The best drinks are the oldest drinks.

The Sazerac Cocktail - Recommended by Hammerstone's Whiskey Disks, makers of the world's best whiskey stones.

The Sazerac Cocktail

In New Orleans, around 1850, a guy named Sewell T. Taylor sold his bar. Taylor had decided to go into the imported liquor business. He began to import a brand of cognac named Sazerac-de-Forge et Fils. At the same time, a gentleman by the name of Aaron Bird took over Taylor’s old establishment and changed its name to the Sazerac House. He began serving the “Sazerac Cocktail,” made with Taylor’s Sazerac cognac and, legend has it, the bitters being made down the street by a local druggist, Antoine Amedie Peychaud. The Sazerac House changed hands several times in the 1870’s and eventually Thomas Handy took over as proprietor. Around this time the primary ingredient changed from cognac to rye whiskey due to the phylloxera epidemic in Europe that devastated France’s wine grape crops. At some point before his death in 1889, Handy recorded the recipe for the cocktail, and the drink made its first printed appearance in William T. “Cocktail Bill” Boothby’s 1908 edition of “The World’s Drinks and How to Mix Them.”

The drink is a simple variation on a plain whiskey or cognac “Cock-Tail” (alcohol, sugar, water and bitters) and could have been ordered in any late 19th century American bar as a Whiskey Cocktail with a dash of absinthe. It was this type of variation to the cocktail that caused patrons not interested in the new complexities of cocktails to request their drinks done the “old-fashioned” way. By the early 20th Century, vermouth was fairly prevalent, and simple cocktails like the Sazerac had become a somewhat rare curiosity. This cocktail is a very old one; in fact it may be the oldest American cocktail on record. Enjoy this cocktail however you like, the important thing is that you enjoy it.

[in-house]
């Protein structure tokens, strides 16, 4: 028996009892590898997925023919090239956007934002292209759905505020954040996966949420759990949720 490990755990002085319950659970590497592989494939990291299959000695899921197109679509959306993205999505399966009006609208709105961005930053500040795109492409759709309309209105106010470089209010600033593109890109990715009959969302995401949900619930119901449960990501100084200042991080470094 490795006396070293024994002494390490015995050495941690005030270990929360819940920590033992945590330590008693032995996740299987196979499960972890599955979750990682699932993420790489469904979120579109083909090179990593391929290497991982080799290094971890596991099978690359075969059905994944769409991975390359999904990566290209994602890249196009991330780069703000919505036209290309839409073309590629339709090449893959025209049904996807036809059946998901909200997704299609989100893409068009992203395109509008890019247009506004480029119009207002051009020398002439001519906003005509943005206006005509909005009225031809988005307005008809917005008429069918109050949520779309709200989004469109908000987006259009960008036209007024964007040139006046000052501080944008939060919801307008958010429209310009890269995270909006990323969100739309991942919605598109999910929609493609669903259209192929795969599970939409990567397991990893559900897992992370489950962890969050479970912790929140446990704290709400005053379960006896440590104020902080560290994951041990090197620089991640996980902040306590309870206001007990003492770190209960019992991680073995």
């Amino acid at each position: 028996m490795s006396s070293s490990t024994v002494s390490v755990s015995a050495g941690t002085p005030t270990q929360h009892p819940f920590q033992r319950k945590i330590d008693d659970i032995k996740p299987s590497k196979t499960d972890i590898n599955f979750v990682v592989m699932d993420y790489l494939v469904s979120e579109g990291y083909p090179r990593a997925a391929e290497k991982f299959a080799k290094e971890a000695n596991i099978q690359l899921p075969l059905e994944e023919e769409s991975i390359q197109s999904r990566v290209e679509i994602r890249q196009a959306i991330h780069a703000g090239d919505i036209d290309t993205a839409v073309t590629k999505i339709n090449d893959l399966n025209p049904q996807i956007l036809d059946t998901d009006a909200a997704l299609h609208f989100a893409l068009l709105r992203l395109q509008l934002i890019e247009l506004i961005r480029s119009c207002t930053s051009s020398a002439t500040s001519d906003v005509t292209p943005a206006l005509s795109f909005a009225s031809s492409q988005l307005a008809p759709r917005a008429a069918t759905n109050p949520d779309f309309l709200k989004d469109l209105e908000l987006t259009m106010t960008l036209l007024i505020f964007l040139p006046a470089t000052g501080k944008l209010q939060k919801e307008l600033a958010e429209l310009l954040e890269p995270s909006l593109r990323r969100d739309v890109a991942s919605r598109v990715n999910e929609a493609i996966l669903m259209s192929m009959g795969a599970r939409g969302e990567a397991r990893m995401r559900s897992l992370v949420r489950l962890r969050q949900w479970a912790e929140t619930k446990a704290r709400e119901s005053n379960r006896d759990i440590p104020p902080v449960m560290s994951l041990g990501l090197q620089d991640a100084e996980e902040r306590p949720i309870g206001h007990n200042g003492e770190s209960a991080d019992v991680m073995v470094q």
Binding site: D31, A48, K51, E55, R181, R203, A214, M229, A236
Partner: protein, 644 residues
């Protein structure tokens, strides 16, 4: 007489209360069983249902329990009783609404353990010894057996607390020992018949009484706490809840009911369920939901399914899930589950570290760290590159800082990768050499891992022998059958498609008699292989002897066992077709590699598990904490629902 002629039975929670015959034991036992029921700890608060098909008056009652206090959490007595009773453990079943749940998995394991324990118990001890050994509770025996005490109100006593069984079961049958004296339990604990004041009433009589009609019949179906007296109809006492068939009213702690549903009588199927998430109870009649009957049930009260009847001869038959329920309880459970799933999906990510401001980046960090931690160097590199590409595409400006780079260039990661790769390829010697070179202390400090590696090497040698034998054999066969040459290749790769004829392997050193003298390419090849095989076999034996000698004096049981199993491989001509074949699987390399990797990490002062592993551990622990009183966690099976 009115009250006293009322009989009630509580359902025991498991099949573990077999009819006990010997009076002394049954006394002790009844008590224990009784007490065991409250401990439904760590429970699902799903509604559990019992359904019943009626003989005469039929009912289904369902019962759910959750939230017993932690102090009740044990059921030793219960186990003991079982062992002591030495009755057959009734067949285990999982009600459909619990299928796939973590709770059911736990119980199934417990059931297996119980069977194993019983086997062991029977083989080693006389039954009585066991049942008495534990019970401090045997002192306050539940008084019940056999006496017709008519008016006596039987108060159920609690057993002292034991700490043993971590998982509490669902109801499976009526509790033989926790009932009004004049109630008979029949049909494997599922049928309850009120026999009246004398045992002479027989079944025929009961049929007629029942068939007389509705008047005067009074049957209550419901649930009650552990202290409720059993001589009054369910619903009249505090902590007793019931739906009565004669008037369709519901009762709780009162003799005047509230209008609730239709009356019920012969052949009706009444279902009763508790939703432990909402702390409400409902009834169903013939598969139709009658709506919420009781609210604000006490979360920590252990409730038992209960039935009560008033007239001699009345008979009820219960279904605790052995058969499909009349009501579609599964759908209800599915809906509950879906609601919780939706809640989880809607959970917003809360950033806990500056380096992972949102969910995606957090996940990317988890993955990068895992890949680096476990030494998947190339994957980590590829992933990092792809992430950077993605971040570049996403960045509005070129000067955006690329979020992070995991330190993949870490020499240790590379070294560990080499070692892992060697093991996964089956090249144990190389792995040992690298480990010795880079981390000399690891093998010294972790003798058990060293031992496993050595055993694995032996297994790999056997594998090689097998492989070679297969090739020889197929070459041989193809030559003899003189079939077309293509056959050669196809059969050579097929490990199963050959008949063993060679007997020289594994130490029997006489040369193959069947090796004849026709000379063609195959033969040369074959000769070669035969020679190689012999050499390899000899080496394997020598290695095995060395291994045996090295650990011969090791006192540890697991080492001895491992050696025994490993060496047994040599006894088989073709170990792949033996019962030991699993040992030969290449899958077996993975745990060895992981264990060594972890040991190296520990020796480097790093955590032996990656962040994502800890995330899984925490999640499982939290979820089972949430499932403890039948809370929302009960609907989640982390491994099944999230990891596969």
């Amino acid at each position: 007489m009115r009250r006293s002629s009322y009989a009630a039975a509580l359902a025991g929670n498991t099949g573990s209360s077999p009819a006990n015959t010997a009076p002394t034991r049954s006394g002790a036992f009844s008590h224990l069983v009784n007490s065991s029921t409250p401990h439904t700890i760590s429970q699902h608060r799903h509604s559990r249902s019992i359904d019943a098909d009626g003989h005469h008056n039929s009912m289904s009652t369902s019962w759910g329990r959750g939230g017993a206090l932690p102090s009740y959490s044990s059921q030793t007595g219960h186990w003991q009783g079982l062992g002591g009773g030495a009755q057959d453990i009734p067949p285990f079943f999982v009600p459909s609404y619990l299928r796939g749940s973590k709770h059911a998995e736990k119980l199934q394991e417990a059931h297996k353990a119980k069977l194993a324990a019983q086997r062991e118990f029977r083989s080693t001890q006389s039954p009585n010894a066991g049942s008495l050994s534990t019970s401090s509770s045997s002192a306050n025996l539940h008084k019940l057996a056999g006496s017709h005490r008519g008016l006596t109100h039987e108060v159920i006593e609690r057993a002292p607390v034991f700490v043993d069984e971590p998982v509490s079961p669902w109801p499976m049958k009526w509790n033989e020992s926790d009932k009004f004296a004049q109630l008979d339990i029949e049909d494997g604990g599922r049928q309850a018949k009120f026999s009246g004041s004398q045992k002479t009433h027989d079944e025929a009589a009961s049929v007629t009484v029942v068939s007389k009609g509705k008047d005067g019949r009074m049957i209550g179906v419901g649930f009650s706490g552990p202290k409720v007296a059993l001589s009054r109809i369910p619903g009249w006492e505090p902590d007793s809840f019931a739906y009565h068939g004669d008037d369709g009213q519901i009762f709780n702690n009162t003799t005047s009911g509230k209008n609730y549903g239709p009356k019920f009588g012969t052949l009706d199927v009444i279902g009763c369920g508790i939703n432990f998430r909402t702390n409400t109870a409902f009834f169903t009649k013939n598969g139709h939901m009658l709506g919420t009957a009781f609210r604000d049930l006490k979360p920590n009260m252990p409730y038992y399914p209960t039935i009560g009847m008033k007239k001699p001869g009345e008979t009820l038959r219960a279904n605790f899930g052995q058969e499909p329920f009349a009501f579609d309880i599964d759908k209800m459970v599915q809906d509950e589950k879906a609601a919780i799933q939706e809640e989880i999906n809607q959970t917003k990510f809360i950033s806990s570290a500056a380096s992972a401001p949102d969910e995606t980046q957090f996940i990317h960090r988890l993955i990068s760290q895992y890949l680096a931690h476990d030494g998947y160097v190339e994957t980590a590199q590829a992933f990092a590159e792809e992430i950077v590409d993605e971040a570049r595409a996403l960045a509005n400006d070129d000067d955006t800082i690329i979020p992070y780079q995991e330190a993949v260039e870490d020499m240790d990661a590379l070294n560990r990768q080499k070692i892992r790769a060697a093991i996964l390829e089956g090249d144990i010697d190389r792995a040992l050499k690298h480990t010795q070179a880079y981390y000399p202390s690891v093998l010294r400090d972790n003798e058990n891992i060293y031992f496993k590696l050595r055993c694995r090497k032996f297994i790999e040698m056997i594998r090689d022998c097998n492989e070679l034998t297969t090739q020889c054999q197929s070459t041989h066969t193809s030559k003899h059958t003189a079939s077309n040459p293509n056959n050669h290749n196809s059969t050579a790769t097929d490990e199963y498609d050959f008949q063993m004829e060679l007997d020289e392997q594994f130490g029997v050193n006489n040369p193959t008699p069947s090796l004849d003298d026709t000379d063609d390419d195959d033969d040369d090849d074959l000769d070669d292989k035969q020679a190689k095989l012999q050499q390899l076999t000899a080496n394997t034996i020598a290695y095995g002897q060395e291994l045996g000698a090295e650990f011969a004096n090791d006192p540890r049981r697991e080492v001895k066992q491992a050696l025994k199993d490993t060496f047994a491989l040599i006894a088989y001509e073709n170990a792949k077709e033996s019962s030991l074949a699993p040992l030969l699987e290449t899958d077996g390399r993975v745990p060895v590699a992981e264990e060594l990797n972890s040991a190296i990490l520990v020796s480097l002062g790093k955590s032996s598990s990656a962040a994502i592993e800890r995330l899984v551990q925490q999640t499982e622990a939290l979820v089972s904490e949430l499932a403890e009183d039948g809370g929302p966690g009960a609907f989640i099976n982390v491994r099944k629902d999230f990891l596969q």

• 3 oz. rye whiskey
  • ¾ oz simple syrup
  • Peychaud bitters to taste
  • absinthe or absinthe substitute
  • lemon twist for garnish


  1. Chill an old-fashioned glass by filling it with ice and letting it sit while preparing the rest of the drink.
  2. In a separate mixing glass, muddle the simple syrup and Peychaud bitters together.
  3. Add the rye whiskey and ice to the bitters mixture and stir.
  4. Discard the ice in the chilled glass and rinse it with absinthe (or substitute) by pouring a small amount into the glass, swirling it around and discarding the liquid.
  5. Strain the whiskey mixture from the mixing glass into the old-fashioned glass.
  6. Garnish with a lemon twist.
Traditionalists will say that the lemon twist should be squeezed over the drink to release its essence, but that the twist should not be dropped into the glass itself. We agree. We hang the twist, we don’t drop it in. What we do like to drop in though, is one of our frozen handcrafted whiskey stones to keep the chill lasting even longer without diluting. Enjoy the Sazerac any number of ways, the important thing is that you enjoy it.


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One Response to “The best drinks are the oldest drinks.”

  1. Sjoerd de Haan
    March 7, 2013 at 2:54 pm #

    What I find also works with that lemon twist, is slightly burning it over an open flame (match or lighter or so). That also releases a lot of oils from the peel and just drop it in then.

    Anyway, Sazerac’s my favorite cocktail and has been for a while. Great post on it!

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